John Reynolds (Canadian politician)

Stephen Harper Joe Clark Bill Vander Zalm

John Reynolds

John Reynolds arrives for the swearing in of the new Conservative government in 2006
Leader of the Opposition
In office
December 12, 2001 – May 20, 2002
Preceded byStockwell Day
Succeeded byStephen Harper
Leader of the Canadian Alliance
In office
December 11, 2001 – March 20, 2002
Preceded byStockwell Day
Succeeded byStephen Harper
28th Speaker of the Legislative Assembly of British Columbia
In office
March 9, 1987 – November 1, 1989
PremierBill Vander Zalm
Lieutenant GovernorRobert Gordon Rogers
Preceded byKenneth Walter Davidson
Succeeded byStephen Rogers
Member of the Canadian Parliament
for West Vancouver—Sunshine Coast
In office
June 2, 1997 – January 23, 2006
Preceded byHerb Grubel
Succeeded byBlair Wilson
Member of the British Columbia Legislative Assembly
for West Vancouver-Howe Sound
In office
April 7, 1983 – October 17, 1991
Preceded byAllan Williams
Succeeded byJeremy Dalton[1]
Member of the Canadian Parliament
for Burnaby—Richmond—Delta
In office
October 30, 1972 – May 9, 1977
Preceded byTom Goode
Succeeded byTom Siddon
Personal details
John Douglas Reynolds

(1942-01-19) January 19, 1942 (age 78)
Toronto, Ontario, Canada
Political partyConservative (2003-present)
Canadian Alliance (2000-2003)
Reform (1997-2000)
Progressive Conservative (1972-1977)
Other political
British Columbia Social Credit Party
ProfessionBusinessman, manager, sales and marketing consultant

John Douglas Reynolds, PC (born January 19, 1942) was the Member of Parliament for the riding of West Vancouver—Sunshine Coast—Sea to Sky Country in the House of Commons of Canada from 1997 to 2006 and a former Federal Opposition Leader. He had also been an MP in the 1970s as well as a provincial politician in British Columbia in the 1980s and 1990s.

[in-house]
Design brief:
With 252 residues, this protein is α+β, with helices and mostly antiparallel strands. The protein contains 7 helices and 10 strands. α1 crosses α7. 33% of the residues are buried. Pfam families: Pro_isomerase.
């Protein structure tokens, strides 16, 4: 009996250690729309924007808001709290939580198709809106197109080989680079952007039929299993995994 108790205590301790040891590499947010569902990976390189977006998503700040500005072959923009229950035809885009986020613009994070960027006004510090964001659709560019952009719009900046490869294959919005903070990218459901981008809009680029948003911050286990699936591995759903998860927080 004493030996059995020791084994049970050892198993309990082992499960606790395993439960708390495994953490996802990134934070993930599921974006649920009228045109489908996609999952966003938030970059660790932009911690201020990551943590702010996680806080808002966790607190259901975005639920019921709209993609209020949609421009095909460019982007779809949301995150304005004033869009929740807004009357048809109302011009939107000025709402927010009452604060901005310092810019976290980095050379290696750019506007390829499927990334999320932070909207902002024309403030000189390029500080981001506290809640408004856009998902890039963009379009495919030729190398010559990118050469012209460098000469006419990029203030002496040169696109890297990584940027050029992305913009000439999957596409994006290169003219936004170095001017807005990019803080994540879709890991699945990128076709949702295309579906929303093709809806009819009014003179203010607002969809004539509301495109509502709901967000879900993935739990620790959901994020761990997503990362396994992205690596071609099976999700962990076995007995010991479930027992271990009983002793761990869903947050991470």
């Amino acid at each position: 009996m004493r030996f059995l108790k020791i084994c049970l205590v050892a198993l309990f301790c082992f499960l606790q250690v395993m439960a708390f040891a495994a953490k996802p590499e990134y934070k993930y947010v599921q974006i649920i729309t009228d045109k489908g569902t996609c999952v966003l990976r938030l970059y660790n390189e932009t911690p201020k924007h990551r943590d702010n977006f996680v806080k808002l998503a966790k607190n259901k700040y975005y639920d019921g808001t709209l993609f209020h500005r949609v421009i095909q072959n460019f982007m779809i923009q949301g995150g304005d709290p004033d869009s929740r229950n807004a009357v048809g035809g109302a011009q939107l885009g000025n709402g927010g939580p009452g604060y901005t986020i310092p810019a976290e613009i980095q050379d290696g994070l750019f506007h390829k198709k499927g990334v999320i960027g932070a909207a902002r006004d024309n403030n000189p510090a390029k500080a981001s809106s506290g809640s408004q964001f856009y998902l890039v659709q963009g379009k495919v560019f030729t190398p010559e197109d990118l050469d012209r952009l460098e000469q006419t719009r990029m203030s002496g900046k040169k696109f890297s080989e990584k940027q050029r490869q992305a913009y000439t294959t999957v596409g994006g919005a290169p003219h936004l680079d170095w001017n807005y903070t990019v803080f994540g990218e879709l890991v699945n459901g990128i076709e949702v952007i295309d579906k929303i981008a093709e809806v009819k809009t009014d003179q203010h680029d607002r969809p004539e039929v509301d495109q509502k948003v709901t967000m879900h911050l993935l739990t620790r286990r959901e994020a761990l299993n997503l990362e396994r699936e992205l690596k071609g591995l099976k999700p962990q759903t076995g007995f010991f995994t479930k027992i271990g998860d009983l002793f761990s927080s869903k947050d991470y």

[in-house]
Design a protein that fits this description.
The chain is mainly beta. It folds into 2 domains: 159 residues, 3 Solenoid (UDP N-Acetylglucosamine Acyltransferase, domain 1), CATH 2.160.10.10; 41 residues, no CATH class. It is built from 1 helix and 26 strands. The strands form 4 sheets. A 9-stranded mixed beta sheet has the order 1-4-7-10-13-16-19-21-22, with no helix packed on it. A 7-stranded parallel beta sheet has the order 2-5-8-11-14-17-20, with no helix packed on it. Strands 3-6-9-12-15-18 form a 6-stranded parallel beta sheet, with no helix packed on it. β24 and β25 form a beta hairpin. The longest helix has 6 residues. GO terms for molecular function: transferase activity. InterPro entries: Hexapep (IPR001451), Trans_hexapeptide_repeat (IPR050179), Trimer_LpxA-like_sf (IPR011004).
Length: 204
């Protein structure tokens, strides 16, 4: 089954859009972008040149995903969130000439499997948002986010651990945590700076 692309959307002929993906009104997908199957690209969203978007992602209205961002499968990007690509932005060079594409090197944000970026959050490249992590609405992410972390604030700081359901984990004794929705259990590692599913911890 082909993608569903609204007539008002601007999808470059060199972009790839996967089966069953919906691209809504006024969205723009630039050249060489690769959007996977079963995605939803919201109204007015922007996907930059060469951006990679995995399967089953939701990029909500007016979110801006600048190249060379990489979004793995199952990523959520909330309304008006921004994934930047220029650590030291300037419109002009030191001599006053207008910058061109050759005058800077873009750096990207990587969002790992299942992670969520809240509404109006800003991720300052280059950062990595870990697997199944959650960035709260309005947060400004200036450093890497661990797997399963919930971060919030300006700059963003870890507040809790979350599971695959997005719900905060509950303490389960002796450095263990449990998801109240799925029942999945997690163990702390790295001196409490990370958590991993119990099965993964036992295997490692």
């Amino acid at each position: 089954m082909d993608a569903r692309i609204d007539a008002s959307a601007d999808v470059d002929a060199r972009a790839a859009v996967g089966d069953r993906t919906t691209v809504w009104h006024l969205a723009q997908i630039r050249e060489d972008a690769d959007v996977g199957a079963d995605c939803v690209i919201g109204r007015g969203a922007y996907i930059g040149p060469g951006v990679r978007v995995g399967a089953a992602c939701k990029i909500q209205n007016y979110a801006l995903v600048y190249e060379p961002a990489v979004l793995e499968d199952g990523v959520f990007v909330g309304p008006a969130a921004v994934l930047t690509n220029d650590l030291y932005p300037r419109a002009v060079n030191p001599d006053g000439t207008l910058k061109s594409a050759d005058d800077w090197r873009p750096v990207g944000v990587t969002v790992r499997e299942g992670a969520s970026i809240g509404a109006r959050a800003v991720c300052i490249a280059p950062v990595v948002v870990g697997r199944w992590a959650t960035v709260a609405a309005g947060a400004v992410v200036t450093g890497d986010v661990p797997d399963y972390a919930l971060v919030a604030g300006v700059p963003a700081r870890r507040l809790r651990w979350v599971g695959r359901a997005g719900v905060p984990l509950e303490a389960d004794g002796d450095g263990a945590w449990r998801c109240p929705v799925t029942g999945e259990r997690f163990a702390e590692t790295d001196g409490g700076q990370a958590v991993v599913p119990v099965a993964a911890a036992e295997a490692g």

Life and career

He was first elected to Parliament as a candidate of the Progressive Conservatives in 1972 and was re-elected in 1974. He resigned in 1977 after a series of disagreements with Joe Clark.

Beginning in 1983 he was active in the Social Credit Party of British Columbia and served as Speaker of the British Columbia Legislative Assembly and as a cabinet minister. In 1986 he was a candidate at the Social Credit leadership convention coming in fifth. He remained in provincial politics until 1991 when he was defeated in his bid for re-election.

Reynolds returned to parliament in 1997 as a Reform MP and served as Chief Opposition Whip. He remained in this role when the Reform Party was folded into the Canadian Alliance. When Stockwell Day faced a revolt in his caucus in 2001 and Chuck Strahl resigned as House leader, Reynolds was named in his place. When Day resigned as Alliance leader, Reynolds was chosen as interim party leader and leader of the opposition and served until Stephen Harper was elected the new party leader.

Reynolds resigned as House leader on January 24, 2005, but continued as MP for his riding until his retirement at the 2006 federal election. He was the coordinator of the Conservative campaign in British Columbia. On the day after the election, which resulted in a Conservative minority government, Harper asked Reynolds to approach Liberal minister David Emerson about crossing the floor and serving as a minister in Harper's government. Emerson eventually accepted the offer, which triggered a firestorm of criticism. However, Reynolds, who had strongly criticized Belinda Stronach's switch from the Conservatives to the Liberals, told a suburban Vancouver newspaper that he was "very happy" that Emerson was a Conservative and claimed that the people of Emerson's left-leaning Vancouver riding got the better end of the bargain. "Instead of having someone in opposition," he said, "they have someone who is a cabinet minister of a new government."[2]


  1. ^ West Vancouver-Capilano
  2. ^ "The Powell River Peak". Archived from the original on 2007-09-30. Retrieved 2010-04-20.